• Vol. 5 nº 1, février 2018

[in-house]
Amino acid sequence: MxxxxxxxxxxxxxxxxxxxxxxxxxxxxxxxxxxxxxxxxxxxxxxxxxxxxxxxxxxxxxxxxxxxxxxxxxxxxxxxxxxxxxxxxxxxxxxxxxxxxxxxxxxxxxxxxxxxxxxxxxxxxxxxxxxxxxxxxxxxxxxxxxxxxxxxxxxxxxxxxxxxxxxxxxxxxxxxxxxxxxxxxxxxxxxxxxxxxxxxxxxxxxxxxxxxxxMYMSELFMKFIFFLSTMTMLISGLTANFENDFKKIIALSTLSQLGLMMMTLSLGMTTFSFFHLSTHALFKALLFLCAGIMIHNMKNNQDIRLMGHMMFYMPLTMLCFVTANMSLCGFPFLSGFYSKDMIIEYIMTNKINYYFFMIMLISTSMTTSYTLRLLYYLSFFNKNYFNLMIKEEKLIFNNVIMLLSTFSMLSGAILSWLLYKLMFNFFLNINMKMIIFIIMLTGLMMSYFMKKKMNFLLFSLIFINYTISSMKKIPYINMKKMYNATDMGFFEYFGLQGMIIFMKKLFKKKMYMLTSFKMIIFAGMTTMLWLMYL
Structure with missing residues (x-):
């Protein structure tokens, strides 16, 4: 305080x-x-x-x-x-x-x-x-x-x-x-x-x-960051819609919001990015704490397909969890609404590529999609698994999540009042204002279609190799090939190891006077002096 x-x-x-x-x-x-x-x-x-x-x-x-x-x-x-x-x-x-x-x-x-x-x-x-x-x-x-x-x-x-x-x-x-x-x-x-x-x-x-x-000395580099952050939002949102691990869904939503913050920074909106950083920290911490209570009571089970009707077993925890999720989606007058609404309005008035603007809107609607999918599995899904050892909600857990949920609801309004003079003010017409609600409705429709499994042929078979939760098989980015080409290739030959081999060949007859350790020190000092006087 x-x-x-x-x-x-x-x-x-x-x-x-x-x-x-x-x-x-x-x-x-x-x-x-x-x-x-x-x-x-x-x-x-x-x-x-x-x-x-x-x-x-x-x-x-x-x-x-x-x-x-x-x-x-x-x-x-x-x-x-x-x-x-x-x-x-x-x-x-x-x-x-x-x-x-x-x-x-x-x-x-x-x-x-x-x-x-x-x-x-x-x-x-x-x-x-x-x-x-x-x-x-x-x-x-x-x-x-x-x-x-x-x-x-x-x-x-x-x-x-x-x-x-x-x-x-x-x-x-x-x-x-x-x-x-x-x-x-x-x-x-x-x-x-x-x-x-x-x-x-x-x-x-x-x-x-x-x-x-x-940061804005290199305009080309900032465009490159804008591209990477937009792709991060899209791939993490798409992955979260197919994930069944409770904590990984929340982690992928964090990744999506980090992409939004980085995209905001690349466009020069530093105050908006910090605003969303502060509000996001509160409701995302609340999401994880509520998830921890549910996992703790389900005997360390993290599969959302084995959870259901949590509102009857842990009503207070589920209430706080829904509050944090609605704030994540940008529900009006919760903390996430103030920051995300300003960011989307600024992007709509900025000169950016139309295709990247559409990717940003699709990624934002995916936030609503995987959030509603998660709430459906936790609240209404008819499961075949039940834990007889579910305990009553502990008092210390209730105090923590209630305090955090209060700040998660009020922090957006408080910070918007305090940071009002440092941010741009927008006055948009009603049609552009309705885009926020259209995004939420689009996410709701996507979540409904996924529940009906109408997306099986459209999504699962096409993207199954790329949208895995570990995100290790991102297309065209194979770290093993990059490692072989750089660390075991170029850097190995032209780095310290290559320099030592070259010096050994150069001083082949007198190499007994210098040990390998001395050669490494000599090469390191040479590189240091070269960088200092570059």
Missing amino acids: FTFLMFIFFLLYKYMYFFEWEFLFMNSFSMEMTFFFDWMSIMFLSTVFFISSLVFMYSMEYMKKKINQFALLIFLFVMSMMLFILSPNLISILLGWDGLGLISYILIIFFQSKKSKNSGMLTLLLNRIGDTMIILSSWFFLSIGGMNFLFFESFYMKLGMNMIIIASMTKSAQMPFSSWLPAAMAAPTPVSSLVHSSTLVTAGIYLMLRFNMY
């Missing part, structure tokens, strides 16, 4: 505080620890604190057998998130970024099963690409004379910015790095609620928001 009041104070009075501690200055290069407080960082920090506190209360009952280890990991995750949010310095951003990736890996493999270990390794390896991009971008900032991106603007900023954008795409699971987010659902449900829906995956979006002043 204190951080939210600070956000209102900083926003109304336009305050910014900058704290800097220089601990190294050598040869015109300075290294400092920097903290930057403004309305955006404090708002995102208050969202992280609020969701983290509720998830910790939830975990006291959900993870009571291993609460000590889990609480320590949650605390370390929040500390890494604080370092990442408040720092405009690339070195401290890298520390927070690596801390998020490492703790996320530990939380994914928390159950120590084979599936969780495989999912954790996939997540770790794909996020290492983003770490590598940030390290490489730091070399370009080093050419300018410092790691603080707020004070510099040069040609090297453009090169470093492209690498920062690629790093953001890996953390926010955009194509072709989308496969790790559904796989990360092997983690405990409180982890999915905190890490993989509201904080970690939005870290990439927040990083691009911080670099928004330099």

In this essay, I argue that the operas discussed by Nicolodi merit closer examination: not only do they present a more fraught relationship with fascist ideology than has been hitherto suggested, but, as I will show, they also express the changing relationship between opera and film at a time when one medium increasingly encroached upon the territory of the other. During the 1930s, the dissemination of sound pictures brought music and singing onto the screen, taking away opera’s final prerogative. This period thus offers an ideal opportunity to investigate the changing relationship between opera and film, as well as the connection of both media to fascist ideology. Indeed, the 1930s saw an increase in the Fascist regime’s involvement in cultural life and propaganda, accentuated by the materialization of Benito Mussolini’s imperialistic ambitions, which culminated in the Italo-Ethiopian War (1935–1936). The implementation of discriminatory laws against Italian Jews (known as the “leggi raziali”) in 1938 and the start of the Second World War the following year brought many changes to the Italian cultural landscape, creating a natural boundary to the scope of this study.